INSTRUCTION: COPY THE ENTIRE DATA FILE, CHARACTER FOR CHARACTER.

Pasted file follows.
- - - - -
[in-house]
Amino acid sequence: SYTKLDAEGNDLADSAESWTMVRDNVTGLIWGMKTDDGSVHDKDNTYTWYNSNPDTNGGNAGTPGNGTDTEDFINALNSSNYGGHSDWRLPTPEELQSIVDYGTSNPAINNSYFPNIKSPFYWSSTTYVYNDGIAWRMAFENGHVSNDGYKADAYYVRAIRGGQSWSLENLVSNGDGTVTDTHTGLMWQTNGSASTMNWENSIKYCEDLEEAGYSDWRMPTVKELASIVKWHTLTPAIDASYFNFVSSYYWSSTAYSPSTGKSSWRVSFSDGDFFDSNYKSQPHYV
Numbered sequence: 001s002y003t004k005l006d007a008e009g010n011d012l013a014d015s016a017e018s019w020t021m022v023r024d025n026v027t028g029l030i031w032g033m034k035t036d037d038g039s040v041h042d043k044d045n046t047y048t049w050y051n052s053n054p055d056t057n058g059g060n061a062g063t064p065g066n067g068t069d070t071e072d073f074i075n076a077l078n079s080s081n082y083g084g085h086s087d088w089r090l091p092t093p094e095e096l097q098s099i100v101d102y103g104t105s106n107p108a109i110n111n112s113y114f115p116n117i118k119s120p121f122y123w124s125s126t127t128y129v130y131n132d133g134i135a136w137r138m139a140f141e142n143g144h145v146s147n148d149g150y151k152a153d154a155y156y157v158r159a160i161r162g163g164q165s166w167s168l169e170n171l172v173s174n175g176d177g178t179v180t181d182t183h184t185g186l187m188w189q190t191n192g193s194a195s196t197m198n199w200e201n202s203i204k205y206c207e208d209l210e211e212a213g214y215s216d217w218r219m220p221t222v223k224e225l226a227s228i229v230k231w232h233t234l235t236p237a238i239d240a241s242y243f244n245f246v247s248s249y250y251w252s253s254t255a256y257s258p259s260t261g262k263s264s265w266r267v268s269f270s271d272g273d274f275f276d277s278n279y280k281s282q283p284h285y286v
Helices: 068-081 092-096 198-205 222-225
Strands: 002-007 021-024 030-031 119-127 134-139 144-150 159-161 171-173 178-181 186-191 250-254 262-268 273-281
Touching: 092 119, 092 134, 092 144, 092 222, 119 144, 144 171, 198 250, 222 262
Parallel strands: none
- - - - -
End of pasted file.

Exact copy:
[in-house]
Amino acid sequence: SYTKLDAEGNDLADSAESWTMVRDNVTGLIWGMKTDDGSVHDKDNTYTWYNSNPDTNGGNAGTPGNGTDTEDFINALNSSNYGGHSDWRLPTPEELQSIVDYGTSNPAINNSYFPNIKSPFYWSSTTYVYNDGIAWRMAFENGHVSNDGYKADAYYVRAIRGGQSWSLENLVSNGDGTVTDTHTGLMWQTNGSASTMNWENSIKYCEDLEEAGYSDWRMPTVKELASIVKWHTLTPAIDASYFNFVSSYYWSSTAYSPSTGKSSWRVSFSDGDFFDSNYKSQPHYV
Numbered sequence: 001s002y003t004k005l006d007a008e009g010n011d012l013a014d015s016a017e018s019w020t021m022v023r024d025n026v027t028g029l030i031w032g033m034k035t036d037d038g039s040v041h042d043k044d045n046t047y048t049w050y051n052s053n054p055d056t057n058g059g060n061a062g063t064p065g066n067g068t069d070t071e072d073f074i075n076a077l078n079s080s081n082y083g084g085h086s087d088w089r090l091p092t093p094e095e096l097q098s099i100v101d102y103g104t105s106n107p108a109i110n111n112s113y114f115p116n117i118k119s120p121f122y123w124s125s126t127t128y129v130y131n132d133g134i135a136w137r138m139a140f141e142n143g144h145v146s147n148d149g150y151k152a153d154a155y156y157v158r159a160i161r162g163g164q165s166w167s168l169e170n171l172v173s174n175g176d177g178t179v180t181d182t183h184t185g186l187m188w189q190t191n192g193s194a195s196t197m198n199w200e201n202s203i204k205y206c207e208d209l210e211e212a213g214y215s216d217w218r219m220p221t222v223k224e225l226a227s228i229v230k231w232h233t234l235t236p237a238i239d240a241s242y243f244n245f246v247s248s249y250y251w252s253s254t255a256y257s258p259s260t261g262k263s264s265w266r267v268s269f270s271d272g273d274f275f276d277s278n279y280k281s282q283p284h285y286v
Helices: 068-081 092-096 198-205 222-225
Strands: 002-007 021-024 030-031 119-127 134-139 144-150 159-161 171-173 178-181 186-191 250-254 262-268 273-281
Touching: 092 119, 092 134, 092 144, 092 222, 119 144, 144 171, 198 250, 222 262
Parallel strands: none